Service members and Department of Defense civilians in Basra, Iraq, celebrated Hispanic Heritage Month at the United States Division-South Resiliency Campus with music, cultural dances and dinner Sept. 30.

Lt. Col. Enrique De La Paz, a native of Mexico City who immigrated to the U.S. in 1972 and settled in Las Vegas, was the guest speaker for the celebration.

Shortly after his 17th birthday, De La Paz, his brother and sisters left Mexico and headed to Los Angeles to be with his mother. It was his first experience on an aircraft.

De La Paz spoke momentarily about his experience arriving in America and recalled one particular conversation with his Mother.

"I never thought I would work until I graduated from the university," De La Paz said.

De La Paz recalled a conversation with his mother when he arrived in America. When he said he was enjoying school, she said he had to enjoy working. When the young De La Paz responded that his father would not make him go to work, she simply asked if he wanted to go back to Mexico.

Thus a new life began; De La Paz found work, went to college and started a family.
De La Paz met his wife, Diane Beatty, in Nevada and are now the parents of six children and seven grandchildren with one more on the way.

"We have a very close relationship," De La Paz said. "I've been privileged to be married for 32 years. There are only two things that can make me cry: my wife and Family and love of my country.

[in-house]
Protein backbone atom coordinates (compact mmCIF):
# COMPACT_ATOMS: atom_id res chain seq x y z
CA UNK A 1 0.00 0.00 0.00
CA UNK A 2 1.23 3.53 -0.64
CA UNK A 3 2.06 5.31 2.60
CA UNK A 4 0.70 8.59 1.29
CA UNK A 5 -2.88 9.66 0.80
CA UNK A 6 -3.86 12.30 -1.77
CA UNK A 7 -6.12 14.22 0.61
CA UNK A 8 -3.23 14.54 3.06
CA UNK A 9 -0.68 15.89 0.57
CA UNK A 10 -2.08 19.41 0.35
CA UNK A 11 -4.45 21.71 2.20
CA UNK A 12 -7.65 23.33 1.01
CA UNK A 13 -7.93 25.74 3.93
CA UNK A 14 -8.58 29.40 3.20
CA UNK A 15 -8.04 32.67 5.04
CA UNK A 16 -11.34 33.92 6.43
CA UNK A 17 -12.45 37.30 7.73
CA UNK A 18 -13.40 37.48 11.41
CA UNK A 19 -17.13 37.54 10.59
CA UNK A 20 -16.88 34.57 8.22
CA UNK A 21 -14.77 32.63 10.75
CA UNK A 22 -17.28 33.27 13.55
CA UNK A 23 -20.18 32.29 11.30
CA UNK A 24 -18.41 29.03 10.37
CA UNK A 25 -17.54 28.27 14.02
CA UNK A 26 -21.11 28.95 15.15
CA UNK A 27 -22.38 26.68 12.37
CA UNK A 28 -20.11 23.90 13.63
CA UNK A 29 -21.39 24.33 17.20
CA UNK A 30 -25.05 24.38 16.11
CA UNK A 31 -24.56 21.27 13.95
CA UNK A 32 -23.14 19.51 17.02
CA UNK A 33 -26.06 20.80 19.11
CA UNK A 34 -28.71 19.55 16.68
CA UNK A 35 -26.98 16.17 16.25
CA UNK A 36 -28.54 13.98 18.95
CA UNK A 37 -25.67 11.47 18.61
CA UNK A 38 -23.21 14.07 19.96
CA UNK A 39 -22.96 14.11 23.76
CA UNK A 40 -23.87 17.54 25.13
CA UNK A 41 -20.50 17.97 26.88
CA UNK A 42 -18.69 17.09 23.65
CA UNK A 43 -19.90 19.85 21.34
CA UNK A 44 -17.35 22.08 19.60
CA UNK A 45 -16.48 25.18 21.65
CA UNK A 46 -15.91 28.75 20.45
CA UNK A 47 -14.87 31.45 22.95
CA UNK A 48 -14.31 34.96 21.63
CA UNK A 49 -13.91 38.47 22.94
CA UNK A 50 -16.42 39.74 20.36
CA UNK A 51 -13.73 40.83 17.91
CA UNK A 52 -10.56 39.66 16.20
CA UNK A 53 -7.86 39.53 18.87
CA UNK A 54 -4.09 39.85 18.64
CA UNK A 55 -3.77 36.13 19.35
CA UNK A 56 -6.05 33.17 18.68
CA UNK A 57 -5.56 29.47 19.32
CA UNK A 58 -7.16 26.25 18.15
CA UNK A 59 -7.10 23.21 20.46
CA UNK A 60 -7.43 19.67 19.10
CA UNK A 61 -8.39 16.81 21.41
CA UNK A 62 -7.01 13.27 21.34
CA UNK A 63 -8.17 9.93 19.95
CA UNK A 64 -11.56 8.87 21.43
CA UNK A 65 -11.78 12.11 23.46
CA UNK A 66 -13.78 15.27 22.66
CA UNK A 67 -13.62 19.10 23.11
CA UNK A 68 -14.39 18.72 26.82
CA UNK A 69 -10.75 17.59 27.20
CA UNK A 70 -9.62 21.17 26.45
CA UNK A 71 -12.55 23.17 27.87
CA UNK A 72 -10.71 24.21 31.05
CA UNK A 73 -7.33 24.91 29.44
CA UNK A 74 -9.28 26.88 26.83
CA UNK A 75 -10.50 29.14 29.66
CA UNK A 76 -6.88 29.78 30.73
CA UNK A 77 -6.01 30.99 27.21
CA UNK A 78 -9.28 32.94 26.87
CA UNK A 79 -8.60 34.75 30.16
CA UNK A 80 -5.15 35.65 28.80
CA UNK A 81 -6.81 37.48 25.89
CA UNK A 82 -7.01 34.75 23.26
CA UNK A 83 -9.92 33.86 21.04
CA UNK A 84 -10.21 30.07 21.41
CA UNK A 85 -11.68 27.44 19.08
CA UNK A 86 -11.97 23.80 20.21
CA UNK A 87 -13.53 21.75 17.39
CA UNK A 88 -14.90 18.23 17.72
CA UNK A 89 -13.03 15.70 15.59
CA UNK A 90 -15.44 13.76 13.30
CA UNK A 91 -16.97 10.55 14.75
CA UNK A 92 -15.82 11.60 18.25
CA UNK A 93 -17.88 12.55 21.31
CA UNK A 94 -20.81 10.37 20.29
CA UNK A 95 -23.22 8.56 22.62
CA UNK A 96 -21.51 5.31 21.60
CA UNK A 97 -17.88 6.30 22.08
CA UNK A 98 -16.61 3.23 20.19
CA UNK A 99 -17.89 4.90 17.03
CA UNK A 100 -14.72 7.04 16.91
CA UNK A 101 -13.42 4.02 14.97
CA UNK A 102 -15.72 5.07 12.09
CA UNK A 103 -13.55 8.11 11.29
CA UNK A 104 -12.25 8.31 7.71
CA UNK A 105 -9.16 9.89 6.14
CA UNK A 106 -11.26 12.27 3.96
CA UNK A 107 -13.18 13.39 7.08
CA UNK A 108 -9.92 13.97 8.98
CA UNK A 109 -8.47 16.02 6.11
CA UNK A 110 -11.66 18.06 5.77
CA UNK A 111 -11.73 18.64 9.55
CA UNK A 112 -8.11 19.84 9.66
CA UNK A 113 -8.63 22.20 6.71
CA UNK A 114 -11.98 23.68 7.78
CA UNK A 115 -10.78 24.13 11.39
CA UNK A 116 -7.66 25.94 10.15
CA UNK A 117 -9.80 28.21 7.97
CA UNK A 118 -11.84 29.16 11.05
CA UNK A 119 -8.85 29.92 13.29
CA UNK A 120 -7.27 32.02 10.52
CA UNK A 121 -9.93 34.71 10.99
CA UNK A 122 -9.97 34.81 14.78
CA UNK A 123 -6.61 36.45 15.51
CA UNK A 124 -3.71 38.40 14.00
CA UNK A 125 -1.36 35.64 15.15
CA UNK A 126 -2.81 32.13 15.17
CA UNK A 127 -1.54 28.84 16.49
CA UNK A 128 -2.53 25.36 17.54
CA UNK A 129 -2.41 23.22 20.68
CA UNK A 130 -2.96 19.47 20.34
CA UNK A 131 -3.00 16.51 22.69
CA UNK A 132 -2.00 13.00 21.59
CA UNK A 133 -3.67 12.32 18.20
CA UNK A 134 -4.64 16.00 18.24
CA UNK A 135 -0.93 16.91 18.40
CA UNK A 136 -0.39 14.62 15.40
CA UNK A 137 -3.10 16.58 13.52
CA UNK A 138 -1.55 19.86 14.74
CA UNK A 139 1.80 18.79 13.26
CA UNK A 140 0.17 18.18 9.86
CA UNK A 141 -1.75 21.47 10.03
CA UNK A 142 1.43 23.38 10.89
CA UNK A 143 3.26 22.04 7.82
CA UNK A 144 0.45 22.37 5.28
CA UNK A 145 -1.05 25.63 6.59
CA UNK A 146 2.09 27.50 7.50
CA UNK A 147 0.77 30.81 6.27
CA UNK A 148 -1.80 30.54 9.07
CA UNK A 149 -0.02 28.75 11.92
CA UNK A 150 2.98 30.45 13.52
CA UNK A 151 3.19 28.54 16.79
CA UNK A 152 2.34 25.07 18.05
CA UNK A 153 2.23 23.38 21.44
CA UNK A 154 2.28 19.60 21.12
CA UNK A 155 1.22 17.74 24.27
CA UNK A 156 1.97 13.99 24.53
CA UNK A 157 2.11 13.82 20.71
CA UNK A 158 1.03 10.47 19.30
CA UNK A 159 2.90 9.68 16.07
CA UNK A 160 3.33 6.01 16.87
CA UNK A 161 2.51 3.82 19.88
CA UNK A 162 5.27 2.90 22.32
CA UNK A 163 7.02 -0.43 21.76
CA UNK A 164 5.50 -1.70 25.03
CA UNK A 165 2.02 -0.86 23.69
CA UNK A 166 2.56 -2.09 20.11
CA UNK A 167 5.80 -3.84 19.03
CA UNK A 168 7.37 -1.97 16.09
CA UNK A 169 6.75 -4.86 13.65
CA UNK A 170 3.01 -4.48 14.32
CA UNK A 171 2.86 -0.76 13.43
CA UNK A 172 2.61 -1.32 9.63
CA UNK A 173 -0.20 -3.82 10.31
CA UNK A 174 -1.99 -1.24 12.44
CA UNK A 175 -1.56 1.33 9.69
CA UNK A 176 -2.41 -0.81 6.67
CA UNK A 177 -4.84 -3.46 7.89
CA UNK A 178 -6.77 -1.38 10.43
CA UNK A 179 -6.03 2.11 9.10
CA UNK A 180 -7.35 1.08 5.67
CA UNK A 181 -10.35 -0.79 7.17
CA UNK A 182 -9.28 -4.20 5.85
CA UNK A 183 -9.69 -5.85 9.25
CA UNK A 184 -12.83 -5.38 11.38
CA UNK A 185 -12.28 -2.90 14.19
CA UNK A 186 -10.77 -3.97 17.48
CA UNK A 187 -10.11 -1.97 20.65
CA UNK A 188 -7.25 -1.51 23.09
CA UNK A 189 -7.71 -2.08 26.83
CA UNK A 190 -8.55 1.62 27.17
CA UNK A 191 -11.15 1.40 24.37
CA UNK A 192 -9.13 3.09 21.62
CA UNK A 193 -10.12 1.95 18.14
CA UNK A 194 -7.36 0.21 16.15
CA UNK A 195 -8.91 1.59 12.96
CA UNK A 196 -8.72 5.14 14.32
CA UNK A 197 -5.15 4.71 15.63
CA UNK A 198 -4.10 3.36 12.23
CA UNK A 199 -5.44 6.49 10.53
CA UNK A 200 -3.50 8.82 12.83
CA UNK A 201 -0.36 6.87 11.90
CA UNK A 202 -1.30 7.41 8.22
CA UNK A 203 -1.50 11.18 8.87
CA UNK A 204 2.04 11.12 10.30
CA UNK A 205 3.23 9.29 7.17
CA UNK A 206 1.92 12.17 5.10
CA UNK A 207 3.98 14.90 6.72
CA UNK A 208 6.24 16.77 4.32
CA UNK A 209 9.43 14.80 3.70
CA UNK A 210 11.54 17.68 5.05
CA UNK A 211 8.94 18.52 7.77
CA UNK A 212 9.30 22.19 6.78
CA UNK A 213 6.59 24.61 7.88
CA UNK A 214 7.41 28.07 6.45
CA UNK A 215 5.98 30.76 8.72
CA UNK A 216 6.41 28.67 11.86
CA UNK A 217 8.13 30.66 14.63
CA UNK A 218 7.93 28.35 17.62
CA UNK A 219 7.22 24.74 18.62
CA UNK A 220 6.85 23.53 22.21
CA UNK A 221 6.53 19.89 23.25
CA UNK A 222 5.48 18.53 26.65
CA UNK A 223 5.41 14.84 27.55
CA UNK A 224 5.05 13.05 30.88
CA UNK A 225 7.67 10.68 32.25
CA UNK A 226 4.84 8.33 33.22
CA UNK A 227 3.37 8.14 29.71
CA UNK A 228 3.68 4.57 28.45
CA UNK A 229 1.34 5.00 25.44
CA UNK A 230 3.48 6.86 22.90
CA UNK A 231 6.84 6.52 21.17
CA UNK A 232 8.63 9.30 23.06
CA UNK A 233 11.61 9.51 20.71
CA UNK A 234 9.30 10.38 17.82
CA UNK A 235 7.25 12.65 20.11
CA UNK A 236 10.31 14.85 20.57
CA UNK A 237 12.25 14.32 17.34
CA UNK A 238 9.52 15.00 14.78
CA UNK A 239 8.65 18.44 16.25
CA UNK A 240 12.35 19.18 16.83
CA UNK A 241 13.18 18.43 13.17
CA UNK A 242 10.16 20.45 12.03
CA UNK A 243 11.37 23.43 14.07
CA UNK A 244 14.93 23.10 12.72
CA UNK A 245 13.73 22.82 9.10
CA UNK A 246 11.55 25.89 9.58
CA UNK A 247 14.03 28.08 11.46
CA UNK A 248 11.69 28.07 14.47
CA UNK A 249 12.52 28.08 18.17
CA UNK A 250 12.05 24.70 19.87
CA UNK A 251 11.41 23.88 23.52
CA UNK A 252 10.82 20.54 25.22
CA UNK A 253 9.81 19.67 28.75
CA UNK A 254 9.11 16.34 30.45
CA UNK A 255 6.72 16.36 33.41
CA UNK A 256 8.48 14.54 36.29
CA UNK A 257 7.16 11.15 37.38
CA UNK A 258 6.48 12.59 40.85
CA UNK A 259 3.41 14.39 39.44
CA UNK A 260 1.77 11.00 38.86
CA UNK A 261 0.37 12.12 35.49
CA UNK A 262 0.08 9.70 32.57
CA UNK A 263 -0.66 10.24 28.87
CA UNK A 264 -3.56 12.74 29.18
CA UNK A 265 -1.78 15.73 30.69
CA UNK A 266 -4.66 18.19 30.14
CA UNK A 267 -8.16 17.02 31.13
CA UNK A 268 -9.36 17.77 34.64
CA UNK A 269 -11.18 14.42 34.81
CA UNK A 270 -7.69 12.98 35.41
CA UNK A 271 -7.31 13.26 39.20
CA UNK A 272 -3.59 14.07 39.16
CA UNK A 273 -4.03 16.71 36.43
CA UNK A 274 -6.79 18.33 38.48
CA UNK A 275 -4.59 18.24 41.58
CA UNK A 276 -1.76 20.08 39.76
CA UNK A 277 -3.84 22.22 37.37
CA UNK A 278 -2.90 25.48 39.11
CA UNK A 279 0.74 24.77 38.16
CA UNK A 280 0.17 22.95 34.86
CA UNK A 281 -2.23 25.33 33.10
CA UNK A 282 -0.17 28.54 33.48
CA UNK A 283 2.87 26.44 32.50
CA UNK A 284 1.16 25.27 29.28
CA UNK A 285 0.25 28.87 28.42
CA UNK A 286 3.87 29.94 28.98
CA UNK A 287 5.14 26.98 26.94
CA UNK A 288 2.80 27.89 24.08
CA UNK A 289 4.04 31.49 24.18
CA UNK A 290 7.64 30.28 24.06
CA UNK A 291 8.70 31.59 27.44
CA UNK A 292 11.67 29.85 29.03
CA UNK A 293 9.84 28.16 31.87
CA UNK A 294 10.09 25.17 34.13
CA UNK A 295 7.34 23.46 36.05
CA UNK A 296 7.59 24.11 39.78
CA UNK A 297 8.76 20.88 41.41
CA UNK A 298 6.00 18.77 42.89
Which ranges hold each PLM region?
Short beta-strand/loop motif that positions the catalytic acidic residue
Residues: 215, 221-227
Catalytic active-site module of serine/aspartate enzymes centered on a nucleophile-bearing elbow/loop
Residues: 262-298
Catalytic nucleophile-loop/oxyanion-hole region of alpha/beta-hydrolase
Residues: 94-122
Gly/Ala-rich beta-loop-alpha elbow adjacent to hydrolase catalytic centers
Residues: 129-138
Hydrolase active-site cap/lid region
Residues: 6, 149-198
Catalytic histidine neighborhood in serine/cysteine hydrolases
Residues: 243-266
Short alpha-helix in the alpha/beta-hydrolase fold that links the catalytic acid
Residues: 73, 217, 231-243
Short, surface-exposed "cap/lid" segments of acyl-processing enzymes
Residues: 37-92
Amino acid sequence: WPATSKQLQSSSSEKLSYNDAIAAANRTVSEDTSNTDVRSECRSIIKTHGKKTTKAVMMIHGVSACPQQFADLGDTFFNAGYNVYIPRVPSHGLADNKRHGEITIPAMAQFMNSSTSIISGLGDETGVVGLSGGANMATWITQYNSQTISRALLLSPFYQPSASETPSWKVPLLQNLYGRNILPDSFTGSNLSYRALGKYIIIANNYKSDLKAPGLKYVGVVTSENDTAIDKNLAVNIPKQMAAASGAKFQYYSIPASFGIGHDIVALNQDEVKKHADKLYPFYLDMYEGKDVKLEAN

De La Paz is now a staff officer with the 1st Infantry Division and United States Division-South.
Although he speaks proudly of his ethnic background and feels he comes from a rich culture, De La Paz continues to praise being an American and ties the mixes of cultures as part of what makes America great.

"I take the best of what my culture brings, which is love of Family, love of country, and to work hard and excel in everything you do," De La Paz said, "and that goes hand-in-hand with what our American heritage is, which intertwines many cultures, making a stronger country."

"I never had any challenges (being Hispanic); I had opportunities," De La Paz said.

Hispanic Americans like De La Paz have distinguished themselves throughout the Army's history.

In the Korean War, an all-Hispanic Regular Army regiment, the 65th Infantry Regiment known as the Borinqueneers, defeated a Chinese army division in a three-day battle.
In Vietnam, Roy P. Benavidez saved the lives of eight men while surrounded by a battalion of North Vietnamese soldiers and was eventually awarded the Medal of Honor

Hispanic Heritage Month is celebrated Sept. 15 through Oct. 15, recognizing the contributions of Hispanic Americans to the United States, including those 200,000 serving in the United States military.

Today, Hispanic Americans continue to proudly serve the U.S. Army, making up about 12 percent of the service."

Page last updated Fri July 22nd, 2011 at 12:16